Author's School

Graduate School of Arts & Sciences

Author's Department/Program



English (en)

Date of Award

Summer 8-26-2013

Degree Type


Degree Name

Doctor of Philosophy (PhD)

Chair and Committee

Rebecca J Lester


This dissertation is an ethnographic study of a Hindu healing temple in North India, popular for treating psychological ailments that manifest as spirit afflictions. Religious healing centers constitute the single most popular pathway of mental health care for Indian women. These folk sites, based on etiologies of supernatural affliction and healing through participation in possession trance rituals, are, however, condemned by an Indian state that espouses biomedical psychiatry as the only legitimate mental health system for the country. In the context of such a polarized mental health arena in India, this dissertation seeks to understand what makes religious healing the preferred mode of mental health treatment for the vast majority of Indian women. I argue that religious healing is especially attractive to women because it offers them a range of therapeutic strategies that lie within the purview of women's everyday religion and are conceived as being flexible and self-directed, making women the agents of their own healing.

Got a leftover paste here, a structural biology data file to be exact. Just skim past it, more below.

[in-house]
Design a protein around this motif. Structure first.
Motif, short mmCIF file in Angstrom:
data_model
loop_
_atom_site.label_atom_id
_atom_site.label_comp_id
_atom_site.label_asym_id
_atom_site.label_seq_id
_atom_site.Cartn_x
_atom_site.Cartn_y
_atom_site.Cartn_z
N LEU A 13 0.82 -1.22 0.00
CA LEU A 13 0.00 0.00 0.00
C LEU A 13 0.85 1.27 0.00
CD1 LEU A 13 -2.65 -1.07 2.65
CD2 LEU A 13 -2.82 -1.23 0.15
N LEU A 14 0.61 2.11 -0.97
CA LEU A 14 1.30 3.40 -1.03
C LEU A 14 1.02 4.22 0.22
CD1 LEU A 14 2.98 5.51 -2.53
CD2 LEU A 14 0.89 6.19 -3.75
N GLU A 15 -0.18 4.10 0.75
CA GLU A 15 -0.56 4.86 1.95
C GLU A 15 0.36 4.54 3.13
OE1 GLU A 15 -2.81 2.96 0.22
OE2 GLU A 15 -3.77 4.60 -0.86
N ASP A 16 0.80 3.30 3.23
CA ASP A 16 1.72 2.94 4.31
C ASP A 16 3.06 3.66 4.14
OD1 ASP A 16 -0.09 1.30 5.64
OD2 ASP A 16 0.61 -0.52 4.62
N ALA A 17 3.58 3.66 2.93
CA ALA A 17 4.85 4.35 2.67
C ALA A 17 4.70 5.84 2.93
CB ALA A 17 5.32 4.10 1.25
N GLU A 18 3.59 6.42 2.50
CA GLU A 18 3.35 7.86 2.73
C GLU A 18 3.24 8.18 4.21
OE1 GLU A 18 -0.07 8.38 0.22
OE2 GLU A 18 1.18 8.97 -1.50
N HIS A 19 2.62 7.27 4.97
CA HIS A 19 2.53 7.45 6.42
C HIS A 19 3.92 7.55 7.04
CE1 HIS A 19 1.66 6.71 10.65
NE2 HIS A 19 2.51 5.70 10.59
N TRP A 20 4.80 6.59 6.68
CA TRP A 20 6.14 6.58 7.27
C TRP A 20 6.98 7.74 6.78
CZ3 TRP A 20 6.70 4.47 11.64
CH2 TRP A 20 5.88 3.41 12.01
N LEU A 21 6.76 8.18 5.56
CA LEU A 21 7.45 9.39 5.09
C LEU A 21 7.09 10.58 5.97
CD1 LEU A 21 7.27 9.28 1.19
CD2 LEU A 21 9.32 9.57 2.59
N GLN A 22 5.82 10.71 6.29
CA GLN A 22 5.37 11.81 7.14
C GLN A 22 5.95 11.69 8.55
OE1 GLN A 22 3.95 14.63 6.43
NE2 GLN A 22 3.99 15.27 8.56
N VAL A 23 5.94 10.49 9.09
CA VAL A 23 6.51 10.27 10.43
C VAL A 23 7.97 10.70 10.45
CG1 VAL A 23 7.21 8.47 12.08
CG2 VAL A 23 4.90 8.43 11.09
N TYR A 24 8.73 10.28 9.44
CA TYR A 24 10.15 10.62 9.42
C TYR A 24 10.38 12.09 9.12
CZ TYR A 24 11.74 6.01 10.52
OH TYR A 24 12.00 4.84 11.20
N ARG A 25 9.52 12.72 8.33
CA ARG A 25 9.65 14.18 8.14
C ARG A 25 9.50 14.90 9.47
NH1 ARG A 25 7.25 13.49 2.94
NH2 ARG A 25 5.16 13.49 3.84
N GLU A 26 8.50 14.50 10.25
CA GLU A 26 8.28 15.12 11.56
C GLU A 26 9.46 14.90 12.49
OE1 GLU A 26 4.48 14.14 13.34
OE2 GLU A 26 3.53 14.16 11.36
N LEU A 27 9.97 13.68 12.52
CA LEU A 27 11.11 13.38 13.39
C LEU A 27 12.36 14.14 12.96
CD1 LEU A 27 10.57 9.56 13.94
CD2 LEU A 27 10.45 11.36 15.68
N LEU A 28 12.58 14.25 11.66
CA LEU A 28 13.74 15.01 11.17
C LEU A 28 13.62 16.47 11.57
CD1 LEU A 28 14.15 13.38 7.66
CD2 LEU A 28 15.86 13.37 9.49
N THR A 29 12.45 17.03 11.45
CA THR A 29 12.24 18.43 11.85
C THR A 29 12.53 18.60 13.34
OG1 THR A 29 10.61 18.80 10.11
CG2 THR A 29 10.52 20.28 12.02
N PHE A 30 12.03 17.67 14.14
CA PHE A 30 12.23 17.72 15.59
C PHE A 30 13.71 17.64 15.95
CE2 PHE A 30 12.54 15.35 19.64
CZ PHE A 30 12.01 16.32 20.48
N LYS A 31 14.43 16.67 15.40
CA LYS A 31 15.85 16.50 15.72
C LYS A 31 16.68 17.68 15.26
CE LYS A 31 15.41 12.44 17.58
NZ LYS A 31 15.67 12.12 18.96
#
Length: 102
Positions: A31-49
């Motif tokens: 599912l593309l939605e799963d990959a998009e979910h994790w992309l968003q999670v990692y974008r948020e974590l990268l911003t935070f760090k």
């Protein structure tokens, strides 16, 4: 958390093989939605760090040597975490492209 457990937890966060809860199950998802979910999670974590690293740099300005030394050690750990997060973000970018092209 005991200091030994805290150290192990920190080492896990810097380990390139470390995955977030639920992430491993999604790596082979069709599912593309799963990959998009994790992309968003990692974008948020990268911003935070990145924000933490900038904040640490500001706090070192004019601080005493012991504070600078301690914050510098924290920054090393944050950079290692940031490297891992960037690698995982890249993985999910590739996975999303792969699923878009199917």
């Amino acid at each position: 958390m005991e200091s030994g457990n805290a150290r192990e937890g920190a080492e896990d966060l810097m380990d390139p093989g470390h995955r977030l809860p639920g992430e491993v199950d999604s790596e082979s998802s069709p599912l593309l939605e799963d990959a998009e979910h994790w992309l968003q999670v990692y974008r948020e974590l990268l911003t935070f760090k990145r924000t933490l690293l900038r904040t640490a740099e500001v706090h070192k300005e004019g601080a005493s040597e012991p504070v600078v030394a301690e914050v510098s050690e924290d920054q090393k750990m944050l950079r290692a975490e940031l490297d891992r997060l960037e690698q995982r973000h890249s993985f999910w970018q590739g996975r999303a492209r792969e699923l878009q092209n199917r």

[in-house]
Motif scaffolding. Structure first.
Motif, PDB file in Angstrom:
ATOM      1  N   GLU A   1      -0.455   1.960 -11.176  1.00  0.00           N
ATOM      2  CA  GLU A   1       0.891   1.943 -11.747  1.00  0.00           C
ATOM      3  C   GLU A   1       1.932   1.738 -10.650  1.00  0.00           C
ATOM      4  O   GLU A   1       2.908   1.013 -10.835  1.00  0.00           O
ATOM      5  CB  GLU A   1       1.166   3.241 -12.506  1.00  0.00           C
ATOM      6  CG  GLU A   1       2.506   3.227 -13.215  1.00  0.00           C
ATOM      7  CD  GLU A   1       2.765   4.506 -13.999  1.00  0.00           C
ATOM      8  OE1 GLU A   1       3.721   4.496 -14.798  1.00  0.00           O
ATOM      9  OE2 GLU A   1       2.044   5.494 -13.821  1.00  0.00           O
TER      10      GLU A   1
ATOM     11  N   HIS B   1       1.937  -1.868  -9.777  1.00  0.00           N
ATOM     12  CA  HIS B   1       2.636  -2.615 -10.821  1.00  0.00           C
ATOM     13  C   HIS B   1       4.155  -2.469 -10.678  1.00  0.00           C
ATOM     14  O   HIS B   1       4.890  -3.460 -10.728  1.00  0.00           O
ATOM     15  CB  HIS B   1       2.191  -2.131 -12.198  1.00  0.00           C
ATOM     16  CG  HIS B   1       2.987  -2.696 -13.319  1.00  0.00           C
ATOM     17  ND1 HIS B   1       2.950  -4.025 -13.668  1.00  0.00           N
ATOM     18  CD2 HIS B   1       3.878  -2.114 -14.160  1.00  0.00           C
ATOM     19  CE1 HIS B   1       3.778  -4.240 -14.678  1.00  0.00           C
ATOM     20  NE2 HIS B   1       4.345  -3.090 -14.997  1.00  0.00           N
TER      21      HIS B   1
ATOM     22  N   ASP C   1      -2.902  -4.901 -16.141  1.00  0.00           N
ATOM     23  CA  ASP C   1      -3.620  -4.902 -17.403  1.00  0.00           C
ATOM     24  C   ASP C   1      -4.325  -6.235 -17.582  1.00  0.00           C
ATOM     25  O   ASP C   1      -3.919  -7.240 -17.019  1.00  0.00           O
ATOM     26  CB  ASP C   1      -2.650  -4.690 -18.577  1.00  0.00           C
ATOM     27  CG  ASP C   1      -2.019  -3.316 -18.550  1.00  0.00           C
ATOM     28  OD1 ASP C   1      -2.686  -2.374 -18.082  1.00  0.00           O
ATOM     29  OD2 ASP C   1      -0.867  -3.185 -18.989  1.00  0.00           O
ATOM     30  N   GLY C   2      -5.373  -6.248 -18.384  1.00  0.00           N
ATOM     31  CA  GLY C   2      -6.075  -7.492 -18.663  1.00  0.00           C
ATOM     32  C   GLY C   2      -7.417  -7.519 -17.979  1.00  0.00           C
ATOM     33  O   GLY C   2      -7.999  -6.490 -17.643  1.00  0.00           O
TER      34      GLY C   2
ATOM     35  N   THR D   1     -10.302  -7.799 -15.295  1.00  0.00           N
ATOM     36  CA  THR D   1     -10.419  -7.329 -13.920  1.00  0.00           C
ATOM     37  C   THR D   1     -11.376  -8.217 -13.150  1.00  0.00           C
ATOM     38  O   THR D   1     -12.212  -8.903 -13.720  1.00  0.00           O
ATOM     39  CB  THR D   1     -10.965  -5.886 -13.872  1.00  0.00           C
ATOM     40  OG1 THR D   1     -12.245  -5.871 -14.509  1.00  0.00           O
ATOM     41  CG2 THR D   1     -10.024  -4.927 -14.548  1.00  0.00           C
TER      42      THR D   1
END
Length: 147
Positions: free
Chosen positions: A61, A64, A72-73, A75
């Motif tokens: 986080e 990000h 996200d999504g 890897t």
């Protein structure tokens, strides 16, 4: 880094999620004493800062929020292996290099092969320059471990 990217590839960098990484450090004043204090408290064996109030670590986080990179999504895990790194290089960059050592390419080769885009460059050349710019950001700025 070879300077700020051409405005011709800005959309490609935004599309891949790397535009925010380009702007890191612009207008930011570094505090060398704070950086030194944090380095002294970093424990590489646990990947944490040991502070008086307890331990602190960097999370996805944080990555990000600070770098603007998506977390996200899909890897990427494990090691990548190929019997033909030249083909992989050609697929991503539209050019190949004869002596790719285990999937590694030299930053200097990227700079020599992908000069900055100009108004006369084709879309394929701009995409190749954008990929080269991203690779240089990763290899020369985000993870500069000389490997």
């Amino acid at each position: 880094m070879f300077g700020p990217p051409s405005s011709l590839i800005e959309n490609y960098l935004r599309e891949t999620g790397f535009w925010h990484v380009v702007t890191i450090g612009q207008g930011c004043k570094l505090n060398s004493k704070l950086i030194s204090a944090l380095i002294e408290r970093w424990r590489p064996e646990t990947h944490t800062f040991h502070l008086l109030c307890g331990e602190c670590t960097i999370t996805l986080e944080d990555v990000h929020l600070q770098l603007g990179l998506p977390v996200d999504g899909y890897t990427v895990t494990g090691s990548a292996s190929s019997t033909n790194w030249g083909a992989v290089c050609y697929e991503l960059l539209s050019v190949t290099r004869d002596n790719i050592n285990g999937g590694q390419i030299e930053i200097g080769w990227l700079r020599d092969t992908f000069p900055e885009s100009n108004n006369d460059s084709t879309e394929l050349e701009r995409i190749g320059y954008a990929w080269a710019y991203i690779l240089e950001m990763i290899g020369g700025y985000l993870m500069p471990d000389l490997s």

By focusing on the lives of the long-time healing seekers and their attendant families in the temple, this dissertation demonstrates how the rhetorical practices and bodily techniques employed by the women as part of the everyday treatment process in the temple become efficacious for them. I show how the temple's healing practices, deriving from traditions of female Hindu religiosity, constitute a process of gradual and incremental self-transformation for the women as healing is `practiced' in a conscious manner and its therapeutic effects are discerned over a period of sustained engagement.

The dissertation, drawing on literature in medical and psychological anthropology, the anthropology of religion, postcolonial studies and the substantial field of `women and possession', establishes how religious healing sites serve as microcosms for investigating the vastly complex engagements of women in a transitioning gendered field of family and society in contemporary India.


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